How to Avoid a Summer Slump

We hear about children losing academic progress over the summer. Merchants are figuring out ways to combat summer sales slumps. When the weather is nice, we want to slow down and enjoy life a bit more. If you set goals, you’re probably tempted to take a few weeks off for the summer. If you feel yourself sliding into a summer slump, here’s how to stop:

1. Give yourself a deadline. If you want to take a break from one or more goals, go ahead, but decide in advance when you’ll get back to work.

2. Banish “I can’t” from your speech and thoughts.
Quit telling yourself what you can’t do over the summer. When you keep saying “I can’t” it becomes a self-fulfilling prophecy. When you’re tempted to say or think “I can’t”, replace it with “I will” or “I can.”

3. Collaborate. Two like-minded heads are better than one. There are several ways that you can collaborate. You can become an accountability partner with someone who has a similar struggle. You could form a live or virtual group of people who have similar interests.

4. Strategic Thinking. Start with five minutes of uninterrupted time during which you will think about and or pray about the situation that has you in a slump. You can also use your time in the shower to think about your situation. Consider using your commuting time to strategically think. Ask a better question. Instead of saying, “why can’t I ever eat right?” Ask, “What can I do to be disciplined when I eat out?” Instead of asking yourself, “Why do I always spend too much money at the mall?” Ask, “How can I be a wise steward of the money that I have?”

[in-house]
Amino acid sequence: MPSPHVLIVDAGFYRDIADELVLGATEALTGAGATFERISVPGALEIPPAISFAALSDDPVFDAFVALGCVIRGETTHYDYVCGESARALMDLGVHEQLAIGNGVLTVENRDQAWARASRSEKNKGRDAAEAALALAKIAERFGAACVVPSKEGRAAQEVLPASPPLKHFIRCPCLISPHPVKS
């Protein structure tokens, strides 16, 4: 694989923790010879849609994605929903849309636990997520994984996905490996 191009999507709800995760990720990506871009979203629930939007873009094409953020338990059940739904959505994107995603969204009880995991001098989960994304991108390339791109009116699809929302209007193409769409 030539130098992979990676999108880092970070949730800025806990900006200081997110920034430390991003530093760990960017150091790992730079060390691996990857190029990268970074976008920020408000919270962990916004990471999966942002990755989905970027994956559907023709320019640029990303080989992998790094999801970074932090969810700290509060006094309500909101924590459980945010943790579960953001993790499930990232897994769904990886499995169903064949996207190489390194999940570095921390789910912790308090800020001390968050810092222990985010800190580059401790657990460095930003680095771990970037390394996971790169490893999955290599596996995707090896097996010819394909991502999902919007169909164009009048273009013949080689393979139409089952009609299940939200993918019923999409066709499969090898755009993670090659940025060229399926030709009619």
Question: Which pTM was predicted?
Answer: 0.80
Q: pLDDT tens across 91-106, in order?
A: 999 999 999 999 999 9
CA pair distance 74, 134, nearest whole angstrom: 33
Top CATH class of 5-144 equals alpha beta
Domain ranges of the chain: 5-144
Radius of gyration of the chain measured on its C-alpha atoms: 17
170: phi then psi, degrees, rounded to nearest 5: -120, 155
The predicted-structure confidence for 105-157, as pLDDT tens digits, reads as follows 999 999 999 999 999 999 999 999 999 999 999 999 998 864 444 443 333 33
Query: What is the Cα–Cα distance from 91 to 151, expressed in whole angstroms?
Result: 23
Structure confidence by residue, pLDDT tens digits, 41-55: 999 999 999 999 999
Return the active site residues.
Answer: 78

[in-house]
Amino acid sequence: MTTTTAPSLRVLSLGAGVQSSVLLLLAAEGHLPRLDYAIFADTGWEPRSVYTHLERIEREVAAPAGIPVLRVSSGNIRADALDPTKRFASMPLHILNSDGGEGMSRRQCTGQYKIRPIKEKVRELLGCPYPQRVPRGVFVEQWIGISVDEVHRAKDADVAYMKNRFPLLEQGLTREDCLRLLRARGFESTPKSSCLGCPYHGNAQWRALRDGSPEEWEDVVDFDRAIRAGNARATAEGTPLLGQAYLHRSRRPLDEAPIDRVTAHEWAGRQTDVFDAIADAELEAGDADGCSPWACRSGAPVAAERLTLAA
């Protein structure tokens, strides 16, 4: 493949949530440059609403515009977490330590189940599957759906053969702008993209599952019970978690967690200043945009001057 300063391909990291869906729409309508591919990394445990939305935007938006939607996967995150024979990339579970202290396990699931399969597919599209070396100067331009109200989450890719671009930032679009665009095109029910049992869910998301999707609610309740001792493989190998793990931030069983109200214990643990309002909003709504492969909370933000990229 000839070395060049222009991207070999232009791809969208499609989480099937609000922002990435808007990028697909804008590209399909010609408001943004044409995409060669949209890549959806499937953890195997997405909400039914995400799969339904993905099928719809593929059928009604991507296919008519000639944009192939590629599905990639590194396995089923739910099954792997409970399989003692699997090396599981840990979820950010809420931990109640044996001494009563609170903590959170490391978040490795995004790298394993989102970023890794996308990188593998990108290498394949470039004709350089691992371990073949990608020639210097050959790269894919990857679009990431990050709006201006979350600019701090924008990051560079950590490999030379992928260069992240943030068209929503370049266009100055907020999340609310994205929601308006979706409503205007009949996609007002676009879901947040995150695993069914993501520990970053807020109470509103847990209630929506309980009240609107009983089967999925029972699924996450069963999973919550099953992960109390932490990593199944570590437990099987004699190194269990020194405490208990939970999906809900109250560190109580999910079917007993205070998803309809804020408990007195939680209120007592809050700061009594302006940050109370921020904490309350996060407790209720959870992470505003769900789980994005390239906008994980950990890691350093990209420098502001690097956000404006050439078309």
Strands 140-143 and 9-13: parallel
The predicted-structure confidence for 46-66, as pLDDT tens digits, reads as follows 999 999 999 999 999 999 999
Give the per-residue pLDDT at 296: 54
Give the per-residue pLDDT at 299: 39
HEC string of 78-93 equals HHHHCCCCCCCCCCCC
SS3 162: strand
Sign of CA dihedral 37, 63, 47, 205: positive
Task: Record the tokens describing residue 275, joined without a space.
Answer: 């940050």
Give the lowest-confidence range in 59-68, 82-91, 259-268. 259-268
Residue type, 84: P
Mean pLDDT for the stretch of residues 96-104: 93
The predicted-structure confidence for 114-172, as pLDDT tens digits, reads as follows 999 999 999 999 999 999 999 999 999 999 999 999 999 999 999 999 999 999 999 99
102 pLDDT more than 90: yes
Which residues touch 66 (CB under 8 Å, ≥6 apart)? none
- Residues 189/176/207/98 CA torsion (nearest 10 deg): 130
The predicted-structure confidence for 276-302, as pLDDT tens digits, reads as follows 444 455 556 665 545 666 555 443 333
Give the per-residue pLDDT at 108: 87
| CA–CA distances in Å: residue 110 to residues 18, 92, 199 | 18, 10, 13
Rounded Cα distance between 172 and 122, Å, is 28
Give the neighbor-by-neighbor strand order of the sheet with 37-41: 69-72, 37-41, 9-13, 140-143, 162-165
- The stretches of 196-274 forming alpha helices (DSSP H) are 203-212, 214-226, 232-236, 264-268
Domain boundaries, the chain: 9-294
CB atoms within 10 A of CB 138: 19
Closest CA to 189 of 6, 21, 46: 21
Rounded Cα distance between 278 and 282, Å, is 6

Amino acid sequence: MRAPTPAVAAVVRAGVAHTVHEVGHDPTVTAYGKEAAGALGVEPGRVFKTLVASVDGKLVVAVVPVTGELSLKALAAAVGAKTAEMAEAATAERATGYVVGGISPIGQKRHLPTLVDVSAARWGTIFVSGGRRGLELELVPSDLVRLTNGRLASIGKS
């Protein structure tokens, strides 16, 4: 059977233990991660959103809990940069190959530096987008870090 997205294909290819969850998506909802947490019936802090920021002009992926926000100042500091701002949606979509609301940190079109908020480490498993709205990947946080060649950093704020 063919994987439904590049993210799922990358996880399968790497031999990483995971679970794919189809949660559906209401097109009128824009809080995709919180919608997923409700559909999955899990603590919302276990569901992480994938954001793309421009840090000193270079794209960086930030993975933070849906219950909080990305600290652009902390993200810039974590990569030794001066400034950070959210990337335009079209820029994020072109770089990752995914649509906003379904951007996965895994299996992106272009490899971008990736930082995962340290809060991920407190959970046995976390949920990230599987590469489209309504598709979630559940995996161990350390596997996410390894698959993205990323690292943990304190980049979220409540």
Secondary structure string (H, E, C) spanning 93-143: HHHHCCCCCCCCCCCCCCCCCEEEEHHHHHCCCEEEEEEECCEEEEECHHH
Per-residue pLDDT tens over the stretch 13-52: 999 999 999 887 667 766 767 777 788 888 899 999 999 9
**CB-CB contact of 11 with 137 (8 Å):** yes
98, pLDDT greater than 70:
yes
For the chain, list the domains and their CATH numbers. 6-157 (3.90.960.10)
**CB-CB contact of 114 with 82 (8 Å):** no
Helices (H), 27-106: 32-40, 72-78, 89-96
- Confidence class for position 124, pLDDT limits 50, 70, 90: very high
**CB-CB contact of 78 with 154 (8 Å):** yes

Once you get into the habit of strategic thinking for five minutes at a time, you should work up to 30 minutes of interrupted thinking at least once a week. Consider sitting with a journal and thinking about your goals and anything that is interfering with your progress. Write down what’s working, what’s not working and what you can do better. The time that you spend quietly contemplating your next move will help you to be more effective when you return to your project.

5. Go to bed with it.
When I was in high school, my grandparents would tell me to literally sleep with my text book under my pillow when I had a test. I used to do it while I was in high school, and I found that it worked. Many decades later, I understand why this practice worked for me. When you’re asleep, your subconscious mind is still at work. You can give it an assignment before you go to bed. Don’t lie in bed ruminating about a problem. Just simply ask a good question before you go to sleep. Here are some good examples. “How can I manage my responsibilities and still exercise three times a week?” “What should I do to complete my degree?” “Who can help me get my business started?” When you wake up, think about the questions that you asked. Make note of the new insight that you have.

There’s no reason to lose ground or go backwards over the summer. You don’t have to invest thousands of dollars or hours of time to reboot your progress. Change your thoughts and speech. Collaborate with like-minded individuals. Set aside time to think and pray, and give your brain an assignment before you go to bed.

How do you get yourself out of a slump?

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